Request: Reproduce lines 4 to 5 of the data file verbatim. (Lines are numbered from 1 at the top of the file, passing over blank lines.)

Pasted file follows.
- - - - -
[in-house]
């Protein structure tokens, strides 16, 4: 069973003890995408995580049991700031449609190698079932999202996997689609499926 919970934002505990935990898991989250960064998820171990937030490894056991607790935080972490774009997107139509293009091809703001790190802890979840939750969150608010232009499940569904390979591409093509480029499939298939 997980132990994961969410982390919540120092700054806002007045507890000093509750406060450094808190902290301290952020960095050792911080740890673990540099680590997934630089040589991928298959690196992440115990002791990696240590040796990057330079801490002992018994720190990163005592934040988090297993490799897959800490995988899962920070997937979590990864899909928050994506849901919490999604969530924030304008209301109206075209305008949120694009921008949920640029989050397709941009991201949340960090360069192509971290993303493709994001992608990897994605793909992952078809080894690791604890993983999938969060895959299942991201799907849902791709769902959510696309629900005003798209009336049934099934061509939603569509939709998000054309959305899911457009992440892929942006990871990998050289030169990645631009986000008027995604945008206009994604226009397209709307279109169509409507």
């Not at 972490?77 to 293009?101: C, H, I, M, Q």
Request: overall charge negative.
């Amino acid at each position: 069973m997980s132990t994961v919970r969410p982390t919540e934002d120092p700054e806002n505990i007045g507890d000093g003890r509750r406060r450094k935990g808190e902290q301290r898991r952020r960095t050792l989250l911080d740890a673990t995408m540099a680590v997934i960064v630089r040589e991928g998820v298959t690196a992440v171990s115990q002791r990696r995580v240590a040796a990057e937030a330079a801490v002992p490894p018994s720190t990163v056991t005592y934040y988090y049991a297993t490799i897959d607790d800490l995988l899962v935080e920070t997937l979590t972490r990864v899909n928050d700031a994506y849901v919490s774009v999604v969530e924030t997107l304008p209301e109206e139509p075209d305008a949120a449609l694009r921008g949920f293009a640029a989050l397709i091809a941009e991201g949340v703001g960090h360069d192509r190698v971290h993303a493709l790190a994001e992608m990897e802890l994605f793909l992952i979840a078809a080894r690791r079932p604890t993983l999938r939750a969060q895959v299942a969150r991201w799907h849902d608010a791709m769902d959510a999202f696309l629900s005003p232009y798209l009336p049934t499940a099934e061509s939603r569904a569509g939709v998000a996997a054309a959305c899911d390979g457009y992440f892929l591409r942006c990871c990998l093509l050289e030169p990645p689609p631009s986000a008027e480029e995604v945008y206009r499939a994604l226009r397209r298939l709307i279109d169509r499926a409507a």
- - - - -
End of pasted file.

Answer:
Request: overall charge negative.
């Amino acid at each position: 069973m997980s132990t994961v919970r969410p982390t919540e934002d120092p700054e806002n505990i007045g507890d000093g003890r509750r406060r450094k935990g808190e902290q301290r898991r952020r960095t050792l989250l911080d740890a673990t995408m540099a680590v997934i960064v630089r040589e991928g998820v298959t690196a992440v171990s115990q002791r990696r995580v240590a040796a990057e937030a330079a801490v002992p490894p018994s720190t990163v056991t005592y934040y988090y049991a297993t490799i897959d607790d800490l995988l899962v935080e920070t997937l979590t972490r990864v899909n928050d700031a994506y849901v919490s774009v999604v969530e924030t997107l304008p209301e109206e139509p075209d305008a949120a449609l694009r921008g949920f293009a640029a989050l397709i091809a941009e991201g949340v703001g960090h360069d192509r190698v971290h993303a493709l790190a994001e992608m990897e802890l994605f793909l992952i979840a078809a080894r690791r079932p604890t993983l999938r939750a969060q895959v299942a969150r991201w799907h849902d608010a791709m769902d959510a999202f696309l629900s005003p232009y798209l009336p049934t499940a099934e061509s939603r569904a569509g939709v998000a996997a054309a959305c899911d390979g457009y992440f892929l591409r942006c990871c990998l093509l050289e030169p990645p689609p631009s986000a008027e480029e995604v945008y206009r499939a994604l226009r397209r298939l709307i279109d169509r499926a409507a």